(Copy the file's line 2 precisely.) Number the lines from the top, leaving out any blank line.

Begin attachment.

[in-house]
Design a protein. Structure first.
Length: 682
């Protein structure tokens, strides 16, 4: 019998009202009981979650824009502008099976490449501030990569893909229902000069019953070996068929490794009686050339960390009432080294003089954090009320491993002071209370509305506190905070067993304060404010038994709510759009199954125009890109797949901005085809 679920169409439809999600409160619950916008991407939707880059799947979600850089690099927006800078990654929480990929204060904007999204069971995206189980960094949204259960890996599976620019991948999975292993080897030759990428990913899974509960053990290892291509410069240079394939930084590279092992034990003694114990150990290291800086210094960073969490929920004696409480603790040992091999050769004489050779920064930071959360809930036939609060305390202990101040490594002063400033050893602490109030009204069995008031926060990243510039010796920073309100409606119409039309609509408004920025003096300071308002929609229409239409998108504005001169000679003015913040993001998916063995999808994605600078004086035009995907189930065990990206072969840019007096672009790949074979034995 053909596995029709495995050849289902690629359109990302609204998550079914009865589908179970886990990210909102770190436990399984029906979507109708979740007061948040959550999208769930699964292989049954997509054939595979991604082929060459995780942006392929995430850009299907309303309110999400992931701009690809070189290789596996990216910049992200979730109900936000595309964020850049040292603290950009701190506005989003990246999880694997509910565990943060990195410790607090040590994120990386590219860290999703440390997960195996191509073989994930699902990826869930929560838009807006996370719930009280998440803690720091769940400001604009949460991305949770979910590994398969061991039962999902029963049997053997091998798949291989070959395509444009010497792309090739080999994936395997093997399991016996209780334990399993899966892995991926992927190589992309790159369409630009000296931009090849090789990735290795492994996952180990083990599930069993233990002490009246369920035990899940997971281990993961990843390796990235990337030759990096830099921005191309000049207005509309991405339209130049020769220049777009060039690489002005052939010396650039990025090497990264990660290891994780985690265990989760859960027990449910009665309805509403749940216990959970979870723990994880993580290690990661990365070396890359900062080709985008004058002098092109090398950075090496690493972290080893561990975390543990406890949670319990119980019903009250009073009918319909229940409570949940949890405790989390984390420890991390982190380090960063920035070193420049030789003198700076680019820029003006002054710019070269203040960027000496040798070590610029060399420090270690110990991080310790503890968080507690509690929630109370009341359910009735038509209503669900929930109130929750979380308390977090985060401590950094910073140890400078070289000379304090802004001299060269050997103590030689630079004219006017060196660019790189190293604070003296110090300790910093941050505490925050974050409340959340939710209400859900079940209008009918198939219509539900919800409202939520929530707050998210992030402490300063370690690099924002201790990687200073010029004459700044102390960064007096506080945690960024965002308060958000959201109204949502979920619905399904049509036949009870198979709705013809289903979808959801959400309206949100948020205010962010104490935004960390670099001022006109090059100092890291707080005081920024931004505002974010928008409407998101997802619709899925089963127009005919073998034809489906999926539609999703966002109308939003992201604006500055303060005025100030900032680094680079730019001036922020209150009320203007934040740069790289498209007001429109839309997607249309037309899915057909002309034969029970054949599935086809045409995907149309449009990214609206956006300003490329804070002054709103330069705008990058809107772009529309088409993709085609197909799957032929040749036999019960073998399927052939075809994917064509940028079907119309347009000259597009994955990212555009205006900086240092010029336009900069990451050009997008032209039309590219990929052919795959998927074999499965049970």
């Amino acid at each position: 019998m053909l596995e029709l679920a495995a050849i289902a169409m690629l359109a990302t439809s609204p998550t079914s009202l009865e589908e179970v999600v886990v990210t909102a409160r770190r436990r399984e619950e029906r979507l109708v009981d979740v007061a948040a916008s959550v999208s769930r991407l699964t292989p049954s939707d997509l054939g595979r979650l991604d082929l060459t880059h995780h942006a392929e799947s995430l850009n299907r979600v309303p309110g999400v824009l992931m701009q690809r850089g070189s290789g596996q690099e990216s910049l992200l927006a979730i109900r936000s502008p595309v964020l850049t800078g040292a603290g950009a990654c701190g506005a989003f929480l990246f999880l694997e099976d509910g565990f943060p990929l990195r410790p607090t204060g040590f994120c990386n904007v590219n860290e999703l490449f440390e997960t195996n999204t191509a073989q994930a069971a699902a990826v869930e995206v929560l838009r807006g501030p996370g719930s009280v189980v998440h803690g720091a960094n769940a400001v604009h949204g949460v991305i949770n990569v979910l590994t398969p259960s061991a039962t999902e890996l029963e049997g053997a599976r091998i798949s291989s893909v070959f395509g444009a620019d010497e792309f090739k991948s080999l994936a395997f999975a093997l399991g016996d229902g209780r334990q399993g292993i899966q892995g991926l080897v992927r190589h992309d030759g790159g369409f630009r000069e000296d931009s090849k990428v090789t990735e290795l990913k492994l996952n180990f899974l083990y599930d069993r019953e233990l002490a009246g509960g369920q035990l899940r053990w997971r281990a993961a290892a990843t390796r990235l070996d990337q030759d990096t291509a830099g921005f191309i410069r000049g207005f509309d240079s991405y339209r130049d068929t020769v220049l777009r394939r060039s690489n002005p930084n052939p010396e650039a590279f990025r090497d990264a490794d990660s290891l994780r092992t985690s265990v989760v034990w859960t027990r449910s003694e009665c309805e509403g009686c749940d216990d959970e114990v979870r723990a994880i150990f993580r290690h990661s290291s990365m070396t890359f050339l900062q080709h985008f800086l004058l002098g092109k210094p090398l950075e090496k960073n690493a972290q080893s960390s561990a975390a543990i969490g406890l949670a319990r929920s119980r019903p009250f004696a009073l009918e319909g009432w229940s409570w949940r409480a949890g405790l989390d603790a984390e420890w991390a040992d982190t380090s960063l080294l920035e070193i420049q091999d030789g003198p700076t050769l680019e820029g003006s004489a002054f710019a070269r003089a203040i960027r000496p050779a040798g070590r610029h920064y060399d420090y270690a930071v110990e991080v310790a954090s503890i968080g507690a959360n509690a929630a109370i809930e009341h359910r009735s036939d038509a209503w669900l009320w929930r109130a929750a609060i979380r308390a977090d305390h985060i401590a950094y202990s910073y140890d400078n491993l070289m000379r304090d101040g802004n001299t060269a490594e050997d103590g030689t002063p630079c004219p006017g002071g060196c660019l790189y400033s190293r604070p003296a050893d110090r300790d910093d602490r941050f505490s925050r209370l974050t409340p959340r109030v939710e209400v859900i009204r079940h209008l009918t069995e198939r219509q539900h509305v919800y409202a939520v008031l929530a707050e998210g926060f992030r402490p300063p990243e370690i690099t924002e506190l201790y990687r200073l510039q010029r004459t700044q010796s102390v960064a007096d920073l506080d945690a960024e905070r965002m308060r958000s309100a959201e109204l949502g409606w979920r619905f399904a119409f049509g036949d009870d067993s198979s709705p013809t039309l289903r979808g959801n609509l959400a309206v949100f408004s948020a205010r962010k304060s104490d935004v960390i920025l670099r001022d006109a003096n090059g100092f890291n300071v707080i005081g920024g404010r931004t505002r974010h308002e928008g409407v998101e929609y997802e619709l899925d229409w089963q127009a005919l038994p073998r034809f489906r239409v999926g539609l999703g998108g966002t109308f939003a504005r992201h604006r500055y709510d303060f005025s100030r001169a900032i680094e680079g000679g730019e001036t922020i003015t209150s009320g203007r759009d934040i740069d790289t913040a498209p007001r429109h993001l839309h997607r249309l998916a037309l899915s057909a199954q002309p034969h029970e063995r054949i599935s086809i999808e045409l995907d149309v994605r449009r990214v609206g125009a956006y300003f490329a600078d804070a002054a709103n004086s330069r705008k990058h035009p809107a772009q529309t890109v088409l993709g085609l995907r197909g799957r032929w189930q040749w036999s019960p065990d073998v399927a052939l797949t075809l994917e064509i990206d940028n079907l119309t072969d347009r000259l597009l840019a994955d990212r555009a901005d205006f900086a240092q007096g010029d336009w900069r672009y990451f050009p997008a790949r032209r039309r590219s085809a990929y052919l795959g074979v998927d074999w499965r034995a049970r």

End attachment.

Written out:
Design a protein. Structure first.